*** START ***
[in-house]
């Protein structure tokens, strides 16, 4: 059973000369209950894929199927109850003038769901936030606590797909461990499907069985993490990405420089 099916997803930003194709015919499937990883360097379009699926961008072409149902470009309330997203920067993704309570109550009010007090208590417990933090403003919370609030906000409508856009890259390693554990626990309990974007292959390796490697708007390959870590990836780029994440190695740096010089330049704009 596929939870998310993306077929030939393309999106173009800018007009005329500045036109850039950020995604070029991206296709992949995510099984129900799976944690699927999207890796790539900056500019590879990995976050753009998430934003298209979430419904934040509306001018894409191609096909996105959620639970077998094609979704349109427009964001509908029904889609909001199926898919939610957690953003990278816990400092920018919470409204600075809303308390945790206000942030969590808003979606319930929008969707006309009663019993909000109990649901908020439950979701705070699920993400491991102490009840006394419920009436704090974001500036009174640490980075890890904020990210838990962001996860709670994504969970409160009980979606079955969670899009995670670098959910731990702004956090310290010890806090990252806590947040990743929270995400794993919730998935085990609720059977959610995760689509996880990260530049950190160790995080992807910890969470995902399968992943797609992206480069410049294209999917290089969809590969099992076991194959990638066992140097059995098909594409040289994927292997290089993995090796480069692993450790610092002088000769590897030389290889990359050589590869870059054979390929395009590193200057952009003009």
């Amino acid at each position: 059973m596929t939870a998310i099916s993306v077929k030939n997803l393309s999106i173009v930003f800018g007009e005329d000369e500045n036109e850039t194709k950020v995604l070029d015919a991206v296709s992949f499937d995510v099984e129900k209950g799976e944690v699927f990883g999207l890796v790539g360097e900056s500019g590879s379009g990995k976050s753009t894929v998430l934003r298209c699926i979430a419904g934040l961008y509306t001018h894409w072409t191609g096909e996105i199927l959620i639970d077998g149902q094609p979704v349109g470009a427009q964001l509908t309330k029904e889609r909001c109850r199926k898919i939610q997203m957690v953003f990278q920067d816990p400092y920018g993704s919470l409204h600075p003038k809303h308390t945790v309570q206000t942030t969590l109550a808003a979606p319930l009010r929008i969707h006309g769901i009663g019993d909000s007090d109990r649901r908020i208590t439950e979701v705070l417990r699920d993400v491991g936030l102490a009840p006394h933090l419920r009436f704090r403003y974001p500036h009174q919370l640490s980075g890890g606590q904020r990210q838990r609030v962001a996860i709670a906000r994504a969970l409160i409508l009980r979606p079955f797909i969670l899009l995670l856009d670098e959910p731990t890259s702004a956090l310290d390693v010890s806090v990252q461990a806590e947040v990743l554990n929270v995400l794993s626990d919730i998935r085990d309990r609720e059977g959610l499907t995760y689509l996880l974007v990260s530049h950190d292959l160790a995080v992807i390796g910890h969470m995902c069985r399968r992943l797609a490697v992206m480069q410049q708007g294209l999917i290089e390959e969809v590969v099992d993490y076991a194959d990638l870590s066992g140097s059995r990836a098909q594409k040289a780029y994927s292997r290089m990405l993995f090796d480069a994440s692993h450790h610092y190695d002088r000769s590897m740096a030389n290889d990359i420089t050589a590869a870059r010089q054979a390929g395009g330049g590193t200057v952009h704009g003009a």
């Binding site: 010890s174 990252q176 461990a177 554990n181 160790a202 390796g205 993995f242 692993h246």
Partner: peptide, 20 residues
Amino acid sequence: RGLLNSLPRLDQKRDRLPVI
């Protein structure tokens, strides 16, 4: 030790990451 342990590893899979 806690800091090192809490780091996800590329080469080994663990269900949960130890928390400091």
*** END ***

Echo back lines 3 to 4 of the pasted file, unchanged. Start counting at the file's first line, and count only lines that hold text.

């Amino acid at each position: 059973m596929t939870a998310i099916s993306v077929k030939n997803l393309s999106i173009v930003f800018g007009e005329d000369e500045n036109e850039t194709k950020v995604l070029d015919a991206v296709s992949f499937d995510v099984e129900k209950g799976e944690v699927f990883g999207l890796v790539g360097e900056s500019g590879s379009g990995k976050s753009t894929v998430l934003r298209c699926i979430a419904g934040l961008y509306t001018h894409w072409t191609g096909e996105i199927l959620i639970d077998g149902q094609p979704v349109g470009a427009q964001l509908t309330k029904e889609r909001c109850r199926k898919i939610q997203m957690v953003f990278q920067d816990p400092y920018g993704s919470l409204h600075p003038k809303h308390t945790v309570q206000t942030t969590l109550a808003a979606p319930l009010r929008i969707h006309g769901i009663g019993d909000s007090d109990r649901r908020i208590t439950e979701v705070l417990r699920d993400v491991g936030l102490a009840p006394h933090l419920r009436f704090r403003y974001p500036h009174q919370l640490s980075g890890g606590q904020r990210q838990r609030v962001a996860i709670a906000r994504a969970l409160i409508l009980r979606p079955f797909i969670l899009l995670l856009d670098e959910p731990t890259s702004a956090l310290d390693v010890s806090v990252q461990a806590e947040v990743l554990n929270v995400l794993s626990d919730i998935r085990d309990r609720e059977g959610l499907t995760y689509l996880l974007v990260s530049h950190d292959l160790a995080v992807i390796g910890h969470m995902c069985r399968r992943l797609a490697v992206m480069q410049q708007g294209l999917i290089e390959e969809v590969v099992d993490y076991a194959d990638l870590s066992g140097s059995r990836a098909q594409k040289a780029y994927s292997r290089m990405l993995f090796d480069a994440s692993h450790h610092y190695d002088r000769s590897m740096a030389n290889d990359i420089t050589a590869a870059r010089q054979a390929g395009g330049g590193t200057v952009h704009g003009a």
């Binding site: 010890s174 990252q176 461990a177 554990n181 160790a202 390796g205 993995f242 692993h246």